source and respond to RTCP feedback messages. This may occur, for source and respond to RTCP feedback messages. This may occur, for
example, when a receiver requests a bandwidth reduction, and the example, when a receiver requests a bandwidth reduction, and the
media Translator has not detected any congestion or other reasons for media Translator has not detected any congestion or other reasons for
bandwidth reduction between the media source and itself. In that bandwidth reduction between the media source and itself. In that
case, it is sensible that the media Translator reacts to the codec case, it is sensible that the media Translator reacts to the codec
control messages itself, for example, by transcoding to a lower media control messages itself, for example, by transcoding to a lower media
rate. rate.
A variant of translator behaviour worth pointing out is the one A variant of translator behaviour worth pointing out is the one
depicted in Figure 3 of an endpoint A sends a media flow to B. On the depicted in Figure 3 of an endpoint A sends a media flow to B. On
path there is a device T that on A's behalf does something with the the path there is a device T that on A's behalf does something with
media streams, for example adds an RTP session with FEC information the media streams, for example adds an RTP session with FEC
for A's media streams. In this case, T needs to bind the new FEC information for A's media streams. In this case, T needs to bind the
streams to A's media stream, for example by using the same CNAME as new FEC streams to A's media stream, for example by using the same
A. CNAME as A.
+------+ +------+ +------+ +------+ +------+ +------+
| | | | | | | | | | | |
| A |------->| T |-------->| B | | A |------->| T |-------->| B |
| | | |---FEC-->| | | | | |---FEC-->| |
+------+ +------+ +------+ +------+ +------+ +------+
Figure 3: When De-composition is a Translator Figure 3: When De-composition is a Translator
This type of functionality where T does something with the media This type of functionality where T does something with the media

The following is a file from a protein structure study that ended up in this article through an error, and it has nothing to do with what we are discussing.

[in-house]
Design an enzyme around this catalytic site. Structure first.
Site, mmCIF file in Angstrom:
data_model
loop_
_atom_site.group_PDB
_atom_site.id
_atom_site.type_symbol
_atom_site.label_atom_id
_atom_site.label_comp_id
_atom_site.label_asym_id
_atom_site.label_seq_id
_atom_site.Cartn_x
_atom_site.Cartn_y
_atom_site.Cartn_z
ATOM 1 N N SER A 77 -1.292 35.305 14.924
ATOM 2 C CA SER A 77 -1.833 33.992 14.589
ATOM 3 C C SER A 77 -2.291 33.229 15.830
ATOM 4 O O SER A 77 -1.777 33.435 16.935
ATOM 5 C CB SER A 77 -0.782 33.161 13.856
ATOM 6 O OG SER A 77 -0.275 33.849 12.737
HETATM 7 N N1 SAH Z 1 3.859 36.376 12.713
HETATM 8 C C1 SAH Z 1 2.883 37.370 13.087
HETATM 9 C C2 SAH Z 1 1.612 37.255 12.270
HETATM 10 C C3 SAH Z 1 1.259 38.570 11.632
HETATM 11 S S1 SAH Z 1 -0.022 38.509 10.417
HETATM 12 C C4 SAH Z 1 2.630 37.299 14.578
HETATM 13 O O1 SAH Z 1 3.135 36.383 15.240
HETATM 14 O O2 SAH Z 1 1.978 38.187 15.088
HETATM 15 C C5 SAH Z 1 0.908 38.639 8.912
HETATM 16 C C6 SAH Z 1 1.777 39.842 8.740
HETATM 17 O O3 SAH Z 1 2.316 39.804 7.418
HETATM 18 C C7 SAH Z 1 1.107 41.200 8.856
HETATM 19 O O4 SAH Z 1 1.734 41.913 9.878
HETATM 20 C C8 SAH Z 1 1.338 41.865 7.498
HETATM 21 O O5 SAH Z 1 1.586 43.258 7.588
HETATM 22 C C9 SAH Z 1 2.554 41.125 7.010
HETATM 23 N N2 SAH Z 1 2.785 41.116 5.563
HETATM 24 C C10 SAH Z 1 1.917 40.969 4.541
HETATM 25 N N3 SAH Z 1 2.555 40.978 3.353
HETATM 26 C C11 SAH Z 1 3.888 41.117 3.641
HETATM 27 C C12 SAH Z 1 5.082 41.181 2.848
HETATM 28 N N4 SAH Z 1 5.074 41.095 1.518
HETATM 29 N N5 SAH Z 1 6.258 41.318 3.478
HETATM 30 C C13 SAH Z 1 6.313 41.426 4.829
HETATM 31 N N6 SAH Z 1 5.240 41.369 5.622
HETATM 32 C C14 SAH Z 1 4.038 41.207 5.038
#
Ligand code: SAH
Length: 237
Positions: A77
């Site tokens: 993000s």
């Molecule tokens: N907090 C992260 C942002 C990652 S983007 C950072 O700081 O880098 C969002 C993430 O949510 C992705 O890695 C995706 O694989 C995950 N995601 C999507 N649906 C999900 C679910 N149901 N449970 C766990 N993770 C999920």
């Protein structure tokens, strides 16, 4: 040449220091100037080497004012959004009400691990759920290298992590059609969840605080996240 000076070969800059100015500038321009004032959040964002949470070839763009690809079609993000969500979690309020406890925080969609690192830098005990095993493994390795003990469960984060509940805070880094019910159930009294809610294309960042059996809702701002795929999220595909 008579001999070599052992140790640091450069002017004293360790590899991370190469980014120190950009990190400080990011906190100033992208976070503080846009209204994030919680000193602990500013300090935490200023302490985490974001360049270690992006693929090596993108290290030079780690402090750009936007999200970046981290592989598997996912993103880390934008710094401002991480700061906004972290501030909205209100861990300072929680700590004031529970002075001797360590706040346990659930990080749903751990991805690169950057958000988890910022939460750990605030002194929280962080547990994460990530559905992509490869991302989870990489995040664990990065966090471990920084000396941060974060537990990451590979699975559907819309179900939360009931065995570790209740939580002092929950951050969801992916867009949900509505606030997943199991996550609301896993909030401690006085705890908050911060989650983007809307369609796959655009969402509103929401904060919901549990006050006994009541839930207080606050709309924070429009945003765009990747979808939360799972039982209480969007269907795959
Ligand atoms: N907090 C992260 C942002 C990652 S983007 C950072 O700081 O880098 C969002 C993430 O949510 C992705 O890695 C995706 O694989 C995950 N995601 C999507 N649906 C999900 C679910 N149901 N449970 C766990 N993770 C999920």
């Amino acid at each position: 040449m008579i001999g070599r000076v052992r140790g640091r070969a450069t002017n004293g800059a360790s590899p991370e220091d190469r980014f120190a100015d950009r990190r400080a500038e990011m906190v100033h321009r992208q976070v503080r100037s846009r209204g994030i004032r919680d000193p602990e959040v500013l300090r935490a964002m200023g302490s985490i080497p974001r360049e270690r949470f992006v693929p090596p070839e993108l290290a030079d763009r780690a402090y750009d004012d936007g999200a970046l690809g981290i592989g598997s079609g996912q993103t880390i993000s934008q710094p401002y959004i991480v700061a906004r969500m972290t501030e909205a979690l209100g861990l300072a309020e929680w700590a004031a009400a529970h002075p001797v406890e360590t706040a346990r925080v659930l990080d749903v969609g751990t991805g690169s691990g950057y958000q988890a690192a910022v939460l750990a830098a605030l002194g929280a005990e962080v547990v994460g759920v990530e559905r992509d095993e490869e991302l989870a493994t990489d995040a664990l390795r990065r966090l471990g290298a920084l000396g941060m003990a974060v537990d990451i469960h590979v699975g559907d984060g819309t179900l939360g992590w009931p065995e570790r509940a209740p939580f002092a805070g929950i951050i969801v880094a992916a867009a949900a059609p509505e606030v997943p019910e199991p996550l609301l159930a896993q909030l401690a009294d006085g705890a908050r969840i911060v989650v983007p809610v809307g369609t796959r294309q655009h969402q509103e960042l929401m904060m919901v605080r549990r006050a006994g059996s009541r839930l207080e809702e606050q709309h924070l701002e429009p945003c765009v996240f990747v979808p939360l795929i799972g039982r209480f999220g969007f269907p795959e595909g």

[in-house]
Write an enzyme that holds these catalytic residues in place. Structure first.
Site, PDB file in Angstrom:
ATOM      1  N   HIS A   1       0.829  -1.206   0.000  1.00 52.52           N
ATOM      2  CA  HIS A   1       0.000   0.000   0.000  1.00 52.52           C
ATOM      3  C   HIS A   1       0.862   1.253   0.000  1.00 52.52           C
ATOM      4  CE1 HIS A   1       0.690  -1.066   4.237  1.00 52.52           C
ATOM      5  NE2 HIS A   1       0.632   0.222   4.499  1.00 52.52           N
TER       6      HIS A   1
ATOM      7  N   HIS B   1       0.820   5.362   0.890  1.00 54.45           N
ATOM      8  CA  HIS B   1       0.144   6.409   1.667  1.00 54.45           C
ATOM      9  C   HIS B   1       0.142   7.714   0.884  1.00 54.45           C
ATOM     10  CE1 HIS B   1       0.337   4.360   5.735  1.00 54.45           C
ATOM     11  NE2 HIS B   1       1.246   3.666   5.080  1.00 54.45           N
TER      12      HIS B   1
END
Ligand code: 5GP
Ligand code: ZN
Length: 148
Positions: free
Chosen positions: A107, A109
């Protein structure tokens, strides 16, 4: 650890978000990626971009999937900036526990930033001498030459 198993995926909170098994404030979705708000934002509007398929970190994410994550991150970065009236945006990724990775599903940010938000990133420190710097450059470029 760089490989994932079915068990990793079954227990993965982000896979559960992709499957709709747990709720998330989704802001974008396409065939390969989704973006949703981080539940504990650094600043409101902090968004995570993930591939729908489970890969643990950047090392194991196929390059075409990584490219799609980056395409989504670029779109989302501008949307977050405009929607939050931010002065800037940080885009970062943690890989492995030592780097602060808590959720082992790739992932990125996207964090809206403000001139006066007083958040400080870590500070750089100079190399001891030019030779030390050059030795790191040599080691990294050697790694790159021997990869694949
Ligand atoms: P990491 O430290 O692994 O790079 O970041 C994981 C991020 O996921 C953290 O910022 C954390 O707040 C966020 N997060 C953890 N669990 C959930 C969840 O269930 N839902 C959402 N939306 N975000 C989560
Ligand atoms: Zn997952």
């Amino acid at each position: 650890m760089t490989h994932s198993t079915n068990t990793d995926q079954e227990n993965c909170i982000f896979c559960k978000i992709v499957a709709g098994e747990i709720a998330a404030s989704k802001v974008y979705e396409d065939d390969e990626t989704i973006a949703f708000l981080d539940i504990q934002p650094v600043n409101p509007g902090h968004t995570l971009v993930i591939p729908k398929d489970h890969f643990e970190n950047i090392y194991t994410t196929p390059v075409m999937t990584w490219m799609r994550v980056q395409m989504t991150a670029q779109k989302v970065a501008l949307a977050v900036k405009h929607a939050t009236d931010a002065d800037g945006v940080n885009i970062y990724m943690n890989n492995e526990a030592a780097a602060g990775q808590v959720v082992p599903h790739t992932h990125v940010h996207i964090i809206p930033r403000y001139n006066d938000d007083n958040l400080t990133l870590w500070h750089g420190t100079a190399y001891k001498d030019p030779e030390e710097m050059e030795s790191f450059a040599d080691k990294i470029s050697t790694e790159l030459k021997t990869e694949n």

stream on behalf of A is covered under the media translator stream on behalf of A is covered under the media translator
definition. definition.
3.2.2. Back to Back RTP sessions 3.2.2. Back to Back RTP sessions
There exist middleboxes that interconnect two endpoints through There exist middleboxes that interconnect two endpoints through
themselves, but not by being part of a common RTP session. They themselves, but not by being part of a common RTP session. They
establish instead two different RTP sessions, one between A and the establish instead two different RTP sessions, one between A and the
middlebox and another between the middlebox and B. middlebox and another between the middlebox and B. This topology is
called Topo-Back-To-Back
|<--Session A-->| |<--Session B-->| |<--Session A-->| |<--Session B-->|
+------+ +------+ +------+ +------+ +------+ +------+
| A |------->| MB |-------->| B | | A |------->| MB |-------->| B |
+------+ +------+ +------+ +------+ +------+ +------+
Figure 4: When De-composition is a Translator Figure 4: When De-composition is a Translator
The middlebox acts as an application-level gateway and bridges the The middlebox acts as an application-level gateway and bridges the
two RTP sessions. This bridging can be as basic as forwarding the two RTP sessions. This bridging can be as basic as forwarding the
RTP payloads between the sessions, or more complex including media RTP payloads between the sessions, or more complex including media
transcoding. The difference with the single RTP session context is transcoding. The difference with the single RTP session context is
the handling of the SSRCs and the other session-related identifiers, the handling of the SSRCs and the other session-related identifiers,
such as CNAMEs. With two different RTP sessions these can be freely such as CNAMEs. With two different RTP sessions these can be freely
changed and it becomes the middlebox's task to maintain the correct changed and it becomes the middlebox's task to maintain the correct
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sessions and changing identifiers. The structure with two RTP sessions and changing identifiers. The structure with two RTP